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Clinton Anderson from Downunder Horsemanship has a tried-and-true method for training horses, and it begins with training the owner. Using his training method, Clinton works to tackle some of the most challenging situations with problem horses and problem owners. He reminds us that as soon as you stop respecting how big and powerful horses are, you’re going to get hurt so it’s important to stay with it.
In this week’s episode, we watch as Clinton works with Cider, a six-year-old palomino Quarter Horse rescue mare from Habitat for Horses who has a lack of confidence with humans.
Before Cider was rescued, all she knew was abuse, starvation, and neglect. This pattern of behavior led her to lose respect for humans and avoid instruction from her rescuer Jolene. Now, Clinton is taking Cider in for adoption to undergo a 13-week training course prior to getting a new owner.
After rehabilitation, Clinton plans to give Cider to a lucky horseman along with a new saddle, saddle pad, boots, bridle, bits, and everything you could possibly need. But first, she needs to be trained.
Jolene tells us that Cider was seized one year after an investigation of mistreatment occurred with her previous owner. She was starved and mistreated, and in terrible condition. She was adopted a year later. Unfortunately, her adopted family fell on hard times and was unable to take care of Cider, leaving her in another less than ideal situation. Due to her past, Cider has never been ridden and is very scared of human beings.
Since this is a sensitive case, Clinton starts training by getting Cider caught and getting to know her. This will help him address her reaction and take stock of any problems. With Cider, Clinton starts by walking up to her and giving her a few rubs without making eye contact to avoid confrontation and build a positive partnership. He tests her with halters, a few movements, and some pressure points. After a while of slowly increasing the intensity of these actions, Clinton is ready to put on her halter. Then he takes it off and repeats—his goal is to instill good habits in Cider from the beginning. Once he connects the lead rope, he is ready to take her into the roundpen and begin the Clinton Anderson training method.
Once in the roundpen, the real training begins. Clinton’s goal is to get the horse respectful of humans. He starts this process by getting her to move her feet forwards, backwards, left, and right. He does this while Cider is still connected to the lead rope for more control. After some time in the roundpen, Cider starts to submit. This is when Clinton removes the halter. He uses a Handy Stick as a tool to encourage Cider to move her feet or stand still and relax. He uses the stick to move Cider’s feet forwards, backwards, left, and right again while rewarding her for the slightest try. Gaining control of her feet, along with re-directing and inhibiting movement, helps gain control of her mind and tap into the thinking side of her brain.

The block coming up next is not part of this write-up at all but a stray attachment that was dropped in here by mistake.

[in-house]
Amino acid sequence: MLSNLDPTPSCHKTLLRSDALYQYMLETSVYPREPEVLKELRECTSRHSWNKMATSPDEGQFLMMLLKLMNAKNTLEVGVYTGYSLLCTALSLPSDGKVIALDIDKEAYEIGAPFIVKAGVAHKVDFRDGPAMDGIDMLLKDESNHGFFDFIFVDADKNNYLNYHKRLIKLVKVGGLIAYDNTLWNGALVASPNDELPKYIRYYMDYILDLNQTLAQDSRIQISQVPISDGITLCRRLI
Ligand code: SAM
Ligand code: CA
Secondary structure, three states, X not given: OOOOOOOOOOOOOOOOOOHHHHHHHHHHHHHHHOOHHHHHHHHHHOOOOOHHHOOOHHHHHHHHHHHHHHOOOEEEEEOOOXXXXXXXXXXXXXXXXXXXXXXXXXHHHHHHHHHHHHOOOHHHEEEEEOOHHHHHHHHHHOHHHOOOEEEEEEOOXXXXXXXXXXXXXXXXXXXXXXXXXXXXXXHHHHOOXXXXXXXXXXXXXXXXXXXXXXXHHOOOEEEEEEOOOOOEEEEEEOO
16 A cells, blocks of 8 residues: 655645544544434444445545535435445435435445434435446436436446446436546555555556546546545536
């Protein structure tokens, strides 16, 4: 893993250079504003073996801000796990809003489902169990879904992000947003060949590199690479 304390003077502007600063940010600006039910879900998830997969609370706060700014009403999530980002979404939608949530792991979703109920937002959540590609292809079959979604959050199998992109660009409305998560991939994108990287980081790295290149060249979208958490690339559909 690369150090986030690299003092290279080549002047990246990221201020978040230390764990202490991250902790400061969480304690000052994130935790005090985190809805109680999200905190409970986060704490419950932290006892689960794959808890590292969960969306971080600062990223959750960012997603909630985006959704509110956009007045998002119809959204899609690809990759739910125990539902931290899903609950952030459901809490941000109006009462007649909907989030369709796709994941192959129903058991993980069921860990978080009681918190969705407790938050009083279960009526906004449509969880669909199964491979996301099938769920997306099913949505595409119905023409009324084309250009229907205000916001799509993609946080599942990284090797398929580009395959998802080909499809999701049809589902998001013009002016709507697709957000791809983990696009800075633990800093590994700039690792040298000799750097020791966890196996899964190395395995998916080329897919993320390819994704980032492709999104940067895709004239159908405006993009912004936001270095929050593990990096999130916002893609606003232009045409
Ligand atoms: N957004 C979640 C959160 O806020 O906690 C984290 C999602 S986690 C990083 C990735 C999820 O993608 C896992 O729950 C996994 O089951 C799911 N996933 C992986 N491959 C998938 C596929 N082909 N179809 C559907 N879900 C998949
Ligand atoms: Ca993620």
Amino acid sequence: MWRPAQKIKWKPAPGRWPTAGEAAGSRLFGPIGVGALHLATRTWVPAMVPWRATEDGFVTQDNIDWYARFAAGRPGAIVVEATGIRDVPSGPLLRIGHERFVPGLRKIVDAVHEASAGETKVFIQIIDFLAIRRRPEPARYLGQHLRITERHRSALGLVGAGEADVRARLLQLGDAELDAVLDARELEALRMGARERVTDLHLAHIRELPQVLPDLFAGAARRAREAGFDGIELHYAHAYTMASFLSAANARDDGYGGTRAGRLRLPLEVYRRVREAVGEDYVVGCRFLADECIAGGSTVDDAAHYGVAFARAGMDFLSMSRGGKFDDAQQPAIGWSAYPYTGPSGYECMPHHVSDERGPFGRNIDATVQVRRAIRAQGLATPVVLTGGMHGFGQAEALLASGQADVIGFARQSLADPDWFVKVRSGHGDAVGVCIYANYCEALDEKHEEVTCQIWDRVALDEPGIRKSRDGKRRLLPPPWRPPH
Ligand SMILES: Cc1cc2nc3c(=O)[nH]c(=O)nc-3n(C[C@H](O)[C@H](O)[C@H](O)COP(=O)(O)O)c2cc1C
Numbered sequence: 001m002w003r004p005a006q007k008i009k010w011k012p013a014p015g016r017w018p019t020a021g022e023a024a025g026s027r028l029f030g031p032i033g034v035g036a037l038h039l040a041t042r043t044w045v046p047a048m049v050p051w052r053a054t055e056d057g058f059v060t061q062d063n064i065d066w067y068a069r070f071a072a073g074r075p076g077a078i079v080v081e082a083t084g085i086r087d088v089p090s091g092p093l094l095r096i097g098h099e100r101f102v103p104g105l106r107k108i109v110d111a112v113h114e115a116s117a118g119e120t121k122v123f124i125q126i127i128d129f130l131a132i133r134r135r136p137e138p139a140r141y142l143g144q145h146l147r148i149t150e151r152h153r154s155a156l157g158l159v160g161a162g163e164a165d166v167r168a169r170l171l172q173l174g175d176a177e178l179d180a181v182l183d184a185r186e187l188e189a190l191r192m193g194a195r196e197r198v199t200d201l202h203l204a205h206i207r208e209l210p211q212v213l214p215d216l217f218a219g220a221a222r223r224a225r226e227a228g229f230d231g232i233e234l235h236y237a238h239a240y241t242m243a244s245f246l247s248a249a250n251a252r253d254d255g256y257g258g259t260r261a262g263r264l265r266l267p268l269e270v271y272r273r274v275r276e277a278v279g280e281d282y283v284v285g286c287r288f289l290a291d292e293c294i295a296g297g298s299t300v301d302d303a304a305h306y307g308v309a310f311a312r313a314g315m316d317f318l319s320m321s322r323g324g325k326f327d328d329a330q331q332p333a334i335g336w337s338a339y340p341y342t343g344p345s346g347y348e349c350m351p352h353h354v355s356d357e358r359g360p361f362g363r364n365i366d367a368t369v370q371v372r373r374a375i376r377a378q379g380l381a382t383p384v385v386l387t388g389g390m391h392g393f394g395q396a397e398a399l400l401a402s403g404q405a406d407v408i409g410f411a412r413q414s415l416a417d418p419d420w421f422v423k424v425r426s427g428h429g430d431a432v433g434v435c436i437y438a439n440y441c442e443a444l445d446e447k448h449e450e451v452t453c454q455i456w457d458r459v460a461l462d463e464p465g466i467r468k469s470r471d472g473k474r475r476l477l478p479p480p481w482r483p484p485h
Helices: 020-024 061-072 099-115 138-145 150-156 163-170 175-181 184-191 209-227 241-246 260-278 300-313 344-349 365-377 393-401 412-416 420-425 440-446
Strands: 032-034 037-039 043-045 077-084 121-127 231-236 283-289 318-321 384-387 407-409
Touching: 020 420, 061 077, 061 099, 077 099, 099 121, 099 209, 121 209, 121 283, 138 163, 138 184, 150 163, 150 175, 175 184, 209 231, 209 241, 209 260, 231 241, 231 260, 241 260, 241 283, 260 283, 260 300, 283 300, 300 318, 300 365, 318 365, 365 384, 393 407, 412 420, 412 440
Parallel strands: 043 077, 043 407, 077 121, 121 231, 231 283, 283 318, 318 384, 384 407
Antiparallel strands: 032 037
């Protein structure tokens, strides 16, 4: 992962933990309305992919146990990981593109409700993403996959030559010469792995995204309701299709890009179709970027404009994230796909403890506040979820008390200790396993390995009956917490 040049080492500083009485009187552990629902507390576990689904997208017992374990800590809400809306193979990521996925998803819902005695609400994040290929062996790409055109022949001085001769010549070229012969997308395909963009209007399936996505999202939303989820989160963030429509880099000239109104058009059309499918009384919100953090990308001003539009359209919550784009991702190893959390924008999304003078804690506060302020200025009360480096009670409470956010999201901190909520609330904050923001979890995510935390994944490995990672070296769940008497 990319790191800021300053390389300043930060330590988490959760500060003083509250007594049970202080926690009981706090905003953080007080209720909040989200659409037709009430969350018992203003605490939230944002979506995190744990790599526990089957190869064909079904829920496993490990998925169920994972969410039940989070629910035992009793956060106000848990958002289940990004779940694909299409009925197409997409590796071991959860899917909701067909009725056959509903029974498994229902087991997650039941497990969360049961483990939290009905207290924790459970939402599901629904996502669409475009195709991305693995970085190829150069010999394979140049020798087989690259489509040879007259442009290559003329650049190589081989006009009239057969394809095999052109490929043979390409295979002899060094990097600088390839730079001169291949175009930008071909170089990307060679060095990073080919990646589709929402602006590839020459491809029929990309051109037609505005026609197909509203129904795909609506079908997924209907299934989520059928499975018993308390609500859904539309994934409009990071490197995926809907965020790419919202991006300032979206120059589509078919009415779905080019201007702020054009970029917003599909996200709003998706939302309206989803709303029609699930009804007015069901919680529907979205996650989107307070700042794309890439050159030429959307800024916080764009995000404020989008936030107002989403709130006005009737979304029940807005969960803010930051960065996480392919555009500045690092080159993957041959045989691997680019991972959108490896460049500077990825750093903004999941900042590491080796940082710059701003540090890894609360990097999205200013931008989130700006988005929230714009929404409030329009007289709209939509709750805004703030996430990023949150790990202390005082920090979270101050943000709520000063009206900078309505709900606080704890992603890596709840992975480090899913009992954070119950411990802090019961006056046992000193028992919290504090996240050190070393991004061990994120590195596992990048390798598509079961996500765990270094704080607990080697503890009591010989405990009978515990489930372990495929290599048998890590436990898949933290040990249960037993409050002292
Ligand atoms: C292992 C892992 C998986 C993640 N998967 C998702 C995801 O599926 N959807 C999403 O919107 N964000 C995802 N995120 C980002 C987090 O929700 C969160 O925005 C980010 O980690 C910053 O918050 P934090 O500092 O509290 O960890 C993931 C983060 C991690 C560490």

Step one was establishing direction. Step two is getting her to do a change of direction to the inside. This is a sign of respect and is essential in the training process. To do this, Clinton steps in front of Cider’s drive line and holds up his finger as he walks backwards for her to follow. As soon as Cider turns and looks at him, Clinton steps to the side and starts walking back in toward her while pointing up high in the air with his finger to signal Cider to start moving in that direction. When Cider ignores the cues, Clinton cuts her off and repeats the steps. The more you drive their butt, the more you’ll drive them to look at you. And remember, whatever you do on the left side you must re-teach on the right side.
Throughout the remainder of the episode, we watch as Clinton leads Cider around the pen. He continues by working step number three: getting a consistent change of direction to the inside of the pen. He does this by stepping in front, then back until arriving at the fence where he wants her to turn inside to the center. Clinton finishes his work with her this week on step four, which involves getting a horse to stop, turn in, then eventually walk all the way up to you and then follow when you walk away.
Through consistent footwork, strong communication, and plenty of rewards, Cider slowly starts to pick up on the lessons and feel more relaxed.
Clinton Anderson is dedicated to helping horsemen everywhere understand how to gain their horse’s respect. To learn more about the Clinton Anderson training method, or to get information on any of the products seen on today’s show, head over to Clinton’s website